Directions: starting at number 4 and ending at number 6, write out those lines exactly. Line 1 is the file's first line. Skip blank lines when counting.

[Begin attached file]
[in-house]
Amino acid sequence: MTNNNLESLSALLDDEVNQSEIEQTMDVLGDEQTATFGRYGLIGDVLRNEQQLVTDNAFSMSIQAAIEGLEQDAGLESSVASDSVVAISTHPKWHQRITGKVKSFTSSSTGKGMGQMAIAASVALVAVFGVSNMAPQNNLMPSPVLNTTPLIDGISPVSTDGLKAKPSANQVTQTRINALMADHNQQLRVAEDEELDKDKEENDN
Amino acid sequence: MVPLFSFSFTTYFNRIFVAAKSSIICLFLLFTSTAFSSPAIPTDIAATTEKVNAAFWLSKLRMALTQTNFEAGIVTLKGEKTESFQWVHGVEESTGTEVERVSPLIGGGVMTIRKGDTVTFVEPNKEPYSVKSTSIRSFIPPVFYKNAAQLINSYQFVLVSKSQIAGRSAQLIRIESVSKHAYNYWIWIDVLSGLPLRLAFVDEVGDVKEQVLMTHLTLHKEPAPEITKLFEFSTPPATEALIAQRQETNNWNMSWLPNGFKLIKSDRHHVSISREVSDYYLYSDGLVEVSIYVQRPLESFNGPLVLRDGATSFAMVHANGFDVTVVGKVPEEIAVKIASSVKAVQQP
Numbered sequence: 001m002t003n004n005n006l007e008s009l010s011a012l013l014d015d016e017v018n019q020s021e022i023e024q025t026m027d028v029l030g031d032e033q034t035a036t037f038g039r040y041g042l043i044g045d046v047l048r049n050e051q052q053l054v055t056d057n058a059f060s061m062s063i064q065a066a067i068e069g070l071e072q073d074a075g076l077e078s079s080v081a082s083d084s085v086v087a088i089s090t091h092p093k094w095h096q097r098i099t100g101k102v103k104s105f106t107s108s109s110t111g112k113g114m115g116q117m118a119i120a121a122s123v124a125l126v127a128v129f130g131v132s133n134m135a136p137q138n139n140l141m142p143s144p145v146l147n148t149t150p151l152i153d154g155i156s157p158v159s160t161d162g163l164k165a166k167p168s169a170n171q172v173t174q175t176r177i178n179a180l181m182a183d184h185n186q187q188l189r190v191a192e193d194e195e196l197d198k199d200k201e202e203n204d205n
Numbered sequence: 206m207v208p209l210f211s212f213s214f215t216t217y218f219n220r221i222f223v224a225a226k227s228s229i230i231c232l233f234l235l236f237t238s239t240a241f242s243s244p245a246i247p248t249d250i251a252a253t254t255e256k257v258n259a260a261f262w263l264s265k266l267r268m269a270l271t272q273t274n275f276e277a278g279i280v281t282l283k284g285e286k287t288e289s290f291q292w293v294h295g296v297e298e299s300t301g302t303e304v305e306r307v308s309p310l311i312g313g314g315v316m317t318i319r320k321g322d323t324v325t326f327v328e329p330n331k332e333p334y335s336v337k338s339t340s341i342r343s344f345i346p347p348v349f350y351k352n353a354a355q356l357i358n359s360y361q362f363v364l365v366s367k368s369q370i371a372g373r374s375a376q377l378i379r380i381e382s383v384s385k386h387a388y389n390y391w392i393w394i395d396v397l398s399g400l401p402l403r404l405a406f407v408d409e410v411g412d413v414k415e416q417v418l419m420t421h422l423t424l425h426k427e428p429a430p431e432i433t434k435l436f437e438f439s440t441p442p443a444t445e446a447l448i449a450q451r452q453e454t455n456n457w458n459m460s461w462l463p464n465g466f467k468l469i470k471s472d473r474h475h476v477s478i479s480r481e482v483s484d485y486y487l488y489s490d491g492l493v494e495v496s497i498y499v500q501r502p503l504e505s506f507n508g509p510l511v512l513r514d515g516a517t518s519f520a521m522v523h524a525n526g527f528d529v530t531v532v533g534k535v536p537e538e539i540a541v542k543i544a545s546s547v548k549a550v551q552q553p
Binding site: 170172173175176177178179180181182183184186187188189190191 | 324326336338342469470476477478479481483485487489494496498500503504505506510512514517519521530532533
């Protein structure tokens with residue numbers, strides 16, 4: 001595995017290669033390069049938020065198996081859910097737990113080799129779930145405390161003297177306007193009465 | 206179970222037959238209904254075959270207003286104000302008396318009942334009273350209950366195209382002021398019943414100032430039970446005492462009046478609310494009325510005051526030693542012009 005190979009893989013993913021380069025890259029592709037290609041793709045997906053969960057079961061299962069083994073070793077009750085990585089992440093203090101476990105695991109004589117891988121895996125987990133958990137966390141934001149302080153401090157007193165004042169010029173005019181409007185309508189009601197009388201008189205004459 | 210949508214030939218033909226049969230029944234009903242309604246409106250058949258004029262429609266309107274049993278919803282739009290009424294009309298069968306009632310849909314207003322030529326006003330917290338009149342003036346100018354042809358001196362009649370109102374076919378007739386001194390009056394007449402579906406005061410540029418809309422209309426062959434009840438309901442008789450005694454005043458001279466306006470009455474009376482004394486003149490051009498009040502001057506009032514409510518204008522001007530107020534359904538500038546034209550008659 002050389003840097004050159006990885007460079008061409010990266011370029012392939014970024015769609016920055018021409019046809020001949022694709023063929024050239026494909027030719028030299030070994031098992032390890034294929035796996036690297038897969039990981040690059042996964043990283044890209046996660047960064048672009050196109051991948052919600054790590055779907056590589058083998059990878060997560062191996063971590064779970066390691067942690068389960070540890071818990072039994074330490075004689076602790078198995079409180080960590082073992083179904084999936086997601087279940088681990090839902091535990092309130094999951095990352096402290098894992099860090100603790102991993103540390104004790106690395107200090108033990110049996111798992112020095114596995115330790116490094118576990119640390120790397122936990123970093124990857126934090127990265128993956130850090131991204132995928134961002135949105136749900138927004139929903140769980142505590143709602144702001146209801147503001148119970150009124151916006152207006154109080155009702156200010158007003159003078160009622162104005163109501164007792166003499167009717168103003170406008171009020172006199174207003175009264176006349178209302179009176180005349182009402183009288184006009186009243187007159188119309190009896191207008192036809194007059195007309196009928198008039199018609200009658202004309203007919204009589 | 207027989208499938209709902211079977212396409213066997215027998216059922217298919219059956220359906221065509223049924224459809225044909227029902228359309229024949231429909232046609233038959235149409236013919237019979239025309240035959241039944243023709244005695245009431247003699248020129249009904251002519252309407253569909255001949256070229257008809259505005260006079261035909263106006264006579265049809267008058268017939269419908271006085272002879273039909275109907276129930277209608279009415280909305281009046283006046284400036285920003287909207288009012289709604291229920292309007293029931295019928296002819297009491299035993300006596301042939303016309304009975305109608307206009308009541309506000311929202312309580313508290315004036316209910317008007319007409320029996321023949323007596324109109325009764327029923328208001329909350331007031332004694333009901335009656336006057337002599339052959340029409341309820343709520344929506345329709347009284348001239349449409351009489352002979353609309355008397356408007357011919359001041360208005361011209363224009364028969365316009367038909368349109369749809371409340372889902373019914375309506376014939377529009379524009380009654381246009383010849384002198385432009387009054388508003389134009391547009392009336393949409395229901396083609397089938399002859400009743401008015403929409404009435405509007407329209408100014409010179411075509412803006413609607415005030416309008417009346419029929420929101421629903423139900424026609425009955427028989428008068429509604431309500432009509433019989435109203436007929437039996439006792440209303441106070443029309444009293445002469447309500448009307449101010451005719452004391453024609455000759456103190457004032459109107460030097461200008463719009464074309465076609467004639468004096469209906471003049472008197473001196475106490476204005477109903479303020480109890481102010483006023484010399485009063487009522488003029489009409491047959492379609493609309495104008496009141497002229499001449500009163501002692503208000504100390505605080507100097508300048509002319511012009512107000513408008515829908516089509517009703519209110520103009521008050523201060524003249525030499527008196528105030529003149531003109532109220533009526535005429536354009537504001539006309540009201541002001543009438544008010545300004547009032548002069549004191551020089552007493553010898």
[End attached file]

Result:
Numbered sequence: 001m002t003n004n005n006l007e008s009l010s011a012l013l014d015d016e017v018n019q020s021e022i023e024q025t026m027d028v029l030g031d032e033q034t035a036t037f038g039r040y041g042l043i044g045d046v047l048r049n050e051q052q053l054v055t056d057n058a059f060s061m062s063i064q065a066a067i068e069g070l071e072q073d074a075g076l077e078s079s080v081a082s083d084s085v086v087a088i089s090t091h092p093k094w095h096q097r098i099t100g101k102v103k104s105f106t107s108s109s110t111g112k113g114m115g116q117m118a119i120a121a122s123v124a125l126v127a128v129f130g131v132s133n134m135a136p137q138n139n140l141m142p143s144p145v146l147n148t149t150p151l152i153d154g155i156s157p158v159s160t161d162g163l164k165a166k167p168s169a170n171q172v173t174q175t176r177i178n179a180l181m182a183d184h185n186q187q188l189r190v191a192e193d194e195e196l197d198k199d200k201e202e203n204d205n
Numbered sequence: 206m207v208p209l210f211s212f213s214f215t216t217y218f219n220r221i222f223v224a225a226k227s228s229i230i231c232l233f234l235l236f237t238s239t240a241f242s243s244p245a246i247p248t249d250i251a252a253t254t255e256k257v258n259a260a261f262w263l264s265k266l267r268m269a270l271t272q273t274n275f276e277a278g279i280v281t282l283k284g285e286k287t288e289s290f291q292w293v294h295g296v297e298e299s300t301g302t303e304v305e306r307v308s309p310l311i312g313g314g315v316m317t318i319r320k321g322d323t324v325t326f327v328e329p330n331k332e333p334y335s336v337k338s339t340s341i342r343s344f345i346p347p348v349f350y351k352n353a354a355q356l357i358n359s360y361q362f363v364l365v366s367k368s369q370i371a372g373r374s375a376q377l378i379r380i381e382s383v384s385k386h387a388y389n390y391w392i393w394i395d396v397l398s399g400l401p402l403r404l405a406f407v408d409e410v411g412d413v414k415e416q417v418l419m420t421h422l423t424l425h426k427e428p429a430p431e432i433t434k435l436f437e438f439s440t441p442p443a444t445e446a447l448i449a450q451r452q453e454t455n456n457w458n459m460s461w462l463p464n465g466f467k468l469i470k471s472d473r474h475h476v477s478i479s480r481e482v483s484d485y486y487l488y489s490d491g492l493v494e495v496s497i498y499v500q501r502p503l504e505s506f507n508g509p510l511v512l513r514d515g516a517t518s519f520a521m522v523h524a525n526g527f528d529v530t531v532v533g534k535v536p537e538e539i540a541v542k543i544a545s546s547v548k549a550v551q552q553p
Binding site: 170172173175176177178179180181182183184186187188189190191 | 324326336338342469470476477478479481483485487489494496498500503504505506510512514517519521530532533